The sinuses are made of small cavities that are lined with mucus membranes. A sinus infection is the inflammation of the sinus cavity that causes the mucus membranes to swell and produce high levels of mucus. The pressure caused by sinus inflammation results in sinus headaches felt in the eyes, ears and temples. Temple pain from a sinus infection is felt as a dull, throbbing pain. A sinus infection and temple pain is caused by allergies, nasal abnormalities or the common cold.
Video of the Day
A typical allergic reaction is sinus inflammation. An allergy is a hypersensitivity to a particular substance. Pollen, mold, dust and certain foods can cause an allergic reaction. The immune system reacts to an allergen by attempting to ward it off using antibodies that cause chemical releases in the body, such as histamine. Histamine results in sinus inflammation, causing the sinus cavity to swell and place pressure throughout the head. Allergies are treated by avoiding allergy trigger and using over-the-counter antihistamines and allergy shots. Talk with a doctor before attempting to treat yourself.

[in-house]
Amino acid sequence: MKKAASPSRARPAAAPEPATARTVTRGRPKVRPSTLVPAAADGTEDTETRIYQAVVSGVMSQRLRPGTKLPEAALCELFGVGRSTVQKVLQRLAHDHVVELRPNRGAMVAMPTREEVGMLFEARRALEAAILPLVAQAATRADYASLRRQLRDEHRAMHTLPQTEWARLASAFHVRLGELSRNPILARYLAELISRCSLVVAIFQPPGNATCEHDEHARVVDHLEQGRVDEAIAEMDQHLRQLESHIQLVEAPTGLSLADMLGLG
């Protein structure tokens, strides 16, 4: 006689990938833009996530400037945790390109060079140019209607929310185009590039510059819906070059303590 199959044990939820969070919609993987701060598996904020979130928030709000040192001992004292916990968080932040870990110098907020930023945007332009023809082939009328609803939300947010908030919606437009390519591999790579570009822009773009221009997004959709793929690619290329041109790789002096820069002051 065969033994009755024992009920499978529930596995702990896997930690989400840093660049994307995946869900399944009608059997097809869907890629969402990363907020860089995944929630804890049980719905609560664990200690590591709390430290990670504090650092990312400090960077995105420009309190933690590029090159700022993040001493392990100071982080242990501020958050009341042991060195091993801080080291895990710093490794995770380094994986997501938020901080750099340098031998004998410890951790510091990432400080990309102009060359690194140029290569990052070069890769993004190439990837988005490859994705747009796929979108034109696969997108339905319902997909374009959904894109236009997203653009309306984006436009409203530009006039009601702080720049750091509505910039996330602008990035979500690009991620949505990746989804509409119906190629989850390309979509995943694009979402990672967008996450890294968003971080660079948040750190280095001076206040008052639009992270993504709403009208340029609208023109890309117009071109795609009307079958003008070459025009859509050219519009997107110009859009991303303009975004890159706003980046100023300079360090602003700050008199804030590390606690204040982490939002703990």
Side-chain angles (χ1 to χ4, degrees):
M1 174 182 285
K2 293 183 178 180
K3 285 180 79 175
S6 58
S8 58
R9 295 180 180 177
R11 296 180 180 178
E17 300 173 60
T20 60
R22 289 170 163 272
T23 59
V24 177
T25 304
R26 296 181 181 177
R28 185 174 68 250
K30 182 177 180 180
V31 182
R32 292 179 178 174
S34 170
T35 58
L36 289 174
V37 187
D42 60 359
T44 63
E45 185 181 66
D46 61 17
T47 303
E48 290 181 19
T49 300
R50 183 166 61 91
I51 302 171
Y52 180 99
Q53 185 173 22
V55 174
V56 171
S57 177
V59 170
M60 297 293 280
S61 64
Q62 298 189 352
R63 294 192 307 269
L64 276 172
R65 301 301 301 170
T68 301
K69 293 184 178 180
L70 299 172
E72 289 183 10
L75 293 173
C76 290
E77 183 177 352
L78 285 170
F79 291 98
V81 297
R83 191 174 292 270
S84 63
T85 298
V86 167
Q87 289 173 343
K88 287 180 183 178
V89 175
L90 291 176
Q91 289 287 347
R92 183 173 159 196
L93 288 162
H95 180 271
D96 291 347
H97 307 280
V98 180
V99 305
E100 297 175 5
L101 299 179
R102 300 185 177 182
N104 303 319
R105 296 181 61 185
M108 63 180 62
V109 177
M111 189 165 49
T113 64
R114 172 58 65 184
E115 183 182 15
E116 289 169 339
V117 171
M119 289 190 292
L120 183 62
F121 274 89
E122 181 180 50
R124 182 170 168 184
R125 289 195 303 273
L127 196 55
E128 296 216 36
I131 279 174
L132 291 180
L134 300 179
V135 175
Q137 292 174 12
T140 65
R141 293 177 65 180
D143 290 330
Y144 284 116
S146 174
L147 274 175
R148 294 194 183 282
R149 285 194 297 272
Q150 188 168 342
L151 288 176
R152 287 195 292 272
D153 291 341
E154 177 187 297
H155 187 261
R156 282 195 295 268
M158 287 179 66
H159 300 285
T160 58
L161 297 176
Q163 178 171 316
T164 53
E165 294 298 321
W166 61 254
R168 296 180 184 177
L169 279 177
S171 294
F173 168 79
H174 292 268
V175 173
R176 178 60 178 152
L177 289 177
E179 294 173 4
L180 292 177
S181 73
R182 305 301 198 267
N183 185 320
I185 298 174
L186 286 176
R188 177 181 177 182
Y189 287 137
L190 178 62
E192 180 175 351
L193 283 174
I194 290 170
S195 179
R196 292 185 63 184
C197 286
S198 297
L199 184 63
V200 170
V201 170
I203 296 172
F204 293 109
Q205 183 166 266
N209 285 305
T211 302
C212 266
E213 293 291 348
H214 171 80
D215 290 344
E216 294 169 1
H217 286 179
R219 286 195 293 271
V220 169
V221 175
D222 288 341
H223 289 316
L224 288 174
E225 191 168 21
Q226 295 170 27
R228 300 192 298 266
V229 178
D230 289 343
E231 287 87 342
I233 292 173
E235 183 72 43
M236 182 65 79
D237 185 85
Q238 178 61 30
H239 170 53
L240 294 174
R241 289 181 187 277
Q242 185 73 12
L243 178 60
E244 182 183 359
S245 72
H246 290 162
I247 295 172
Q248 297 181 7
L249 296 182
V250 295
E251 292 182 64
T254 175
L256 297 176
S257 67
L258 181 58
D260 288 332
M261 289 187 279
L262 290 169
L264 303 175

Nasal abnormalities cause obstruction in the nose, trapping fluid and causing irritation throughout the sinus cavity. A crooked septum or nasal growths are the most common abnormalities that lead to sinus infections and temple pain. A deviated septum is a displaced center nasal bone. The crooked bone causes minor or major obstruction, affecting someone’s ability to breathe and drain mucus. Nasal growths are common among adults with allergies and asthma and children with cystic fibrosis. Nasal growths trap fluid in the sinus cavity, causing sinus pressure, resulting in temple pain.
Common cold symptoms include nasal congestion, a runny nose and sneezing. The common cold is easily confused with allergy symptoms because they are similar. The difference between the two is the cause. An allergy is a reaction of the immune system to a particular substance, while a cold is the result of catching a virus. The common cold is a viral infection of one of over 200 viruses and has no cure. A cold can lead to a sinus infection and temple pain. The common cold is treated with rest, increased liquids and the use of over-the-counter medications, such as decongestants, antihistamines and pain relievers.